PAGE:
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New York: Stable Rent Act expires in June

In June 2015, the so-called rent stabilization law, also known as the Urstadt Law, expires. Adopted in the latest edition in 1971, this document governs how the monthly stabilized fee in New York is set. Today there are about a million of such apartments in the metropolis, in which citizens with low incomes live. Changes in legislation in this area will inevitably affect their lives.

There are two types of preferential rental schemes in New York. Apartments with rent-stabilized and rent-controlled. There are very few of the latter left - 38. Controlled rent is usually the lowest possible and its growth is extremely limited. The lucky ones who live in such apartments save tens of thousands of dollars a year in rent. However, since the 374s, these apartments have decreased by 1980. If a tenant leaves such an apartment or dies, then the landlord can put the apartment up for rent at market value.

Rent stabilized dwellings are much higher than rent-controlled dwellings. Currently, there are about a million such apartments and private houses in New York (284 in Manhattan, 089 in Brooklyn, 306 in the Bronx, 374 in Queens and 231 in Staten Island). In total, 754 housing units are rented in the metropolis, including market and stabilized rentals.

Apartments in co-operative houses or condominiums (housing association, voluntary association of homeowners) do not fall into the category of stabilized rent. In order for housing to receive a stable rent, the cost of renting an apartment cannot exceed 2500 dollars per month, the buildings must be built between 1 February 1947 of the year and 31 of December 1973 of the year, and the owner of the building had to receive tax benefits after he built housing or renovated it. If tenants earn more than 200 000 dollars per family per year or the rental price exceeds 2500 dollars per month, the property owner can get rid of the stabilized rent and take the market price from the tenants.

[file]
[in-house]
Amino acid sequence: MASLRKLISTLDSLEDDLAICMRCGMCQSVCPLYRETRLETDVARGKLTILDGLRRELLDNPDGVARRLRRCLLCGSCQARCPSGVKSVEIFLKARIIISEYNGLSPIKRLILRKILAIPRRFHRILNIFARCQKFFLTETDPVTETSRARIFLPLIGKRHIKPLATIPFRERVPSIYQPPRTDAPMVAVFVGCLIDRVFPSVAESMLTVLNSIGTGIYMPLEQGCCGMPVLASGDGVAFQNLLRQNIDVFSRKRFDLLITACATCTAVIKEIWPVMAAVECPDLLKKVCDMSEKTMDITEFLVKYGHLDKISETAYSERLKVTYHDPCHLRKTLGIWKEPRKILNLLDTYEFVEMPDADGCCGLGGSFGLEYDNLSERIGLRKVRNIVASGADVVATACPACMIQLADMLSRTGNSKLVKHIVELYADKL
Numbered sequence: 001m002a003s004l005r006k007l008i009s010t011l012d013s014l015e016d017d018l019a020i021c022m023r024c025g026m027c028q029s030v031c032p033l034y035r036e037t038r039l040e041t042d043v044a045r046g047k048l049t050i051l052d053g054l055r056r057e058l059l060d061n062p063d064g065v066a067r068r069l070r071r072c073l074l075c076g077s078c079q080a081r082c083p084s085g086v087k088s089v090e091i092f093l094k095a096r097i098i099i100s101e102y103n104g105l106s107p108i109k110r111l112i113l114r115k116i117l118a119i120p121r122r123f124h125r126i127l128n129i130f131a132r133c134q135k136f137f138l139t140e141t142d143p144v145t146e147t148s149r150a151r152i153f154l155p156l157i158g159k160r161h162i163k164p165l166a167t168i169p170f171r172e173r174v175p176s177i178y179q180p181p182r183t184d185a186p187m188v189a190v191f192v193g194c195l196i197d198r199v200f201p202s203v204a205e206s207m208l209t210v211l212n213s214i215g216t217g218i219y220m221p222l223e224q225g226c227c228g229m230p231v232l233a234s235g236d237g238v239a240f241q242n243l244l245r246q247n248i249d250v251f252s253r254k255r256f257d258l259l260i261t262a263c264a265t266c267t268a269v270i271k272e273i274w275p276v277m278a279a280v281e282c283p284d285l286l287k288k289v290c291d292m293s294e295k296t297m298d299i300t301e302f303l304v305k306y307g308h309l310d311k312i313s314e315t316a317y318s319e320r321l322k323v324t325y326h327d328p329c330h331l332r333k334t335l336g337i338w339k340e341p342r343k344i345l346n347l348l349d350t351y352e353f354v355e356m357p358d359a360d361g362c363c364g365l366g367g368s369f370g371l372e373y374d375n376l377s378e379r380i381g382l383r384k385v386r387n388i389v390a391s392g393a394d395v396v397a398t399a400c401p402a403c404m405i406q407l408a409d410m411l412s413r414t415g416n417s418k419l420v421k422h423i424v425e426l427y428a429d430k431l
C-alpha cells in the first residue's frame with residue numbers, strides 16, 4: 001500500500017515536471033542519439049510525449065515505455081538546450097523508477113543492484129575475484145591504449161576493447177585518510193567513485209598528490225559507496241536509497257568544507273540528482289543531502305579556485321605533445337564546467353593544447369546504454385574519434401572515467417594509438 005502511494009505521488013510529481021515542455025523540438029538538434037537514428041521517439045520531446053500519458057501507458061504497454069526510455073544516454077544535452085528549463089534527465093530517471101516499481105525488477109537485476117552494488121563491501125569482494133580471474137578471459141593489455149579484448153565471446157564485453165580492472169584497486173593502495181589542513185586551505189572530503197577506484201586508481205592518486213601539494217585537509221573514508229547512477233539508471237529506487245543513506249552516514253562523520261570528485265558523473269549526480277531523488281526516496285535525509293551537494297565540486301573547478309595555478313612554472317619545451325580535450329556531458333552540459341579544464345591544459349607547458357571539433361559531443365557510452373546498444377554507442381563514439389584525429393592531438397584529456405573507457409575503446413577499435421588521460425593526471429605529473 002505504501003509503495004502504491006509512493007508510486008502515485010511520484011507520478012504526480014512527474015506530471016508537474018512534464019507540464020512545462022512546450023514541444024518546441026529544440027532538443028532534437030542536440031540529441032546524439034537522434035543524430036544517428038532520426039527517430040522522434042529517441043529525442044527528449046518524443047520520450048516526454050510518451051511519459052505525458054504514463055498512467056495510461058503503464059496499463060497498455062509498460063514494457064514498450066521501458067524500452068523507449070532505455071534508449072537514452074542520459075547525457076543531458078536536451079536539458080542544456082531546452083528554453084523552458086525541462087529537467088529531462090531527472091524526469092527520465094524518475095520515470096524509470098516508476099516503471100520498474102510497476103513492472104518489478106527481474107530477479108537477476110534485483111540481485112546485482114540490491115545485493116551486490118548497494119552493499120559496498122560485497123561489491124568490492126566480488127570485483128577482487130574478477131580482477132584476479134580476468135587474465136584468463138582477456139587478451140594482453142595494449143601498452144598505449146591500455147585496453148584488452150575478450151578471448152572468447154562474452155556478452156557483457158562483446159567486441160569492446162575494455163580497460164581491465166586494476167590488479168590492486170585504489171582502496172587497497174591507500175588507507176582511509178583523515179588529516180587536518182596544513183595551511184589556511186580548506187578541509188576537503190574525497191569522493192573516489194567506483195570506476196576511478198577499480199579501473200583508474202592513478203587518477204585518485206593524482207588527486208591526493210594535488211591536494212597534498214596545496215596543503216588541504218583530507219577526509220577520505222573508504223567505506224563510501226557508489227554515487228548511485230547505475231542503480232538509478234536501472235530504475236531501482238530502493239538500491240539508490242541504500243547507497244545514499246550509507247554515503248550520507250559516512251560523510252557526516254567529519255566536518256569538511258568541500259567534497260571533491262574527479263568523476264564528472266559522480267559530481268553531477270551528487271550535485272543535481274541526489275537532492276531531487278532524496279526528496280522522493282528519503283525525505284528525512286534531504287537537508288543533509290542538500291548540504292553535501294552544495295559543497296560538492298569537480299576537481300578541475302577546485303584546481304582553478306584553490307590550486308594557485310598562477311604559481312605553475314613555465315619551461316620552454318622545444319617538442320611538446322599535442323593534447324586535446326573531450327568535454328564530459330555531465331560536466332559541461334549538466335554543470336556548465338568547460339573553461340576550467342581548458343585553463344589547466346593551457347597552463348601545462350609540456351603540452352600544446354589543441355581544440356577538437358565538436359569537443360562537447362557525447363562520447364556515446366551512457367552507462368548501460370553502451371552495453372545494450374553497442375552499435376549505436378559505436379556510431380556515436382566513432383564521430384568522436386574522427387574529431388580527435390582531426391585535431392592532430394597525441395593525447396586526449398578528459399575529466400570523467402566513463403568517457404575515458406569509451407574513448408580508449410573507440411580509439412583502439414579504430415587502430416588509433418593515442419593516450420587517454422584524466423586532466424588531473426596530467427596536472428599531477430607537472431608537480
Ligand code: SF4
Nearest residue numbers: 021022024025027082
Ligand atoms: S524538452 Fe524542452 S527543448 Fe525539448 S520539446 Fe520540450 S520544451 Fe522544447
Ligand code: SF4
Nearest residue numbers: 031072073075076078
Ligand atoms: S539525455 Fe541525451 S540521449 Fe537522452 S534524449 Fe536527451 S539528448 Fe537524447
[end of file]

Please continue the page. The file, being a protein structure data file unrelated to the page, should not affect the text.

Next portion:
The maximum annual increase in the cost of stabilized rental housing is set annually by the rental guidelines board (Rent Guidelines Board). Last year, growth was only 1%.

These rules in force today may be revised in June of this year, when the law of Urstadt, in force for the year 44, expires.

“Without a stabilized lease, New York as we know it will cease to exist,” says Jumaan Williams, a member of the New York City Council.

In general, people with low incomes live in apartments with a stabilized rent. Increasing the rent will be a financial disaster for many families. The average annual income of people living in such apartments is no more than 36 600 dollars. Whereas New Yorkers who rent houses at market value earn, on average, 52 260 dollars a year.

However, experts agree that the parliamentarians of the State of New York will give Urstadt law to lose force. Already, they are in the process of preparing the changes and are likely to consider them at the hearings soon.

Homeowners who rent it out, like tenants, have their supporters in parliament. For example, New York State Senator Republican Phil Boyle, representing Suffolk County (Long Island), says he sympathizes with tenants, but also understands landlord problems. Boyle says that the owners of these apartments and houses are “far from multimillionaires.”

“These people are creating housing for New Yorkers, and it’s better if they can raise the money to invest in housing construction and renovation that will help build up housing stock,” Boyle advocates for a market-based approach and calls for easier strict stabilization leases.

Miscellanea In the U.S. New York real estate rent
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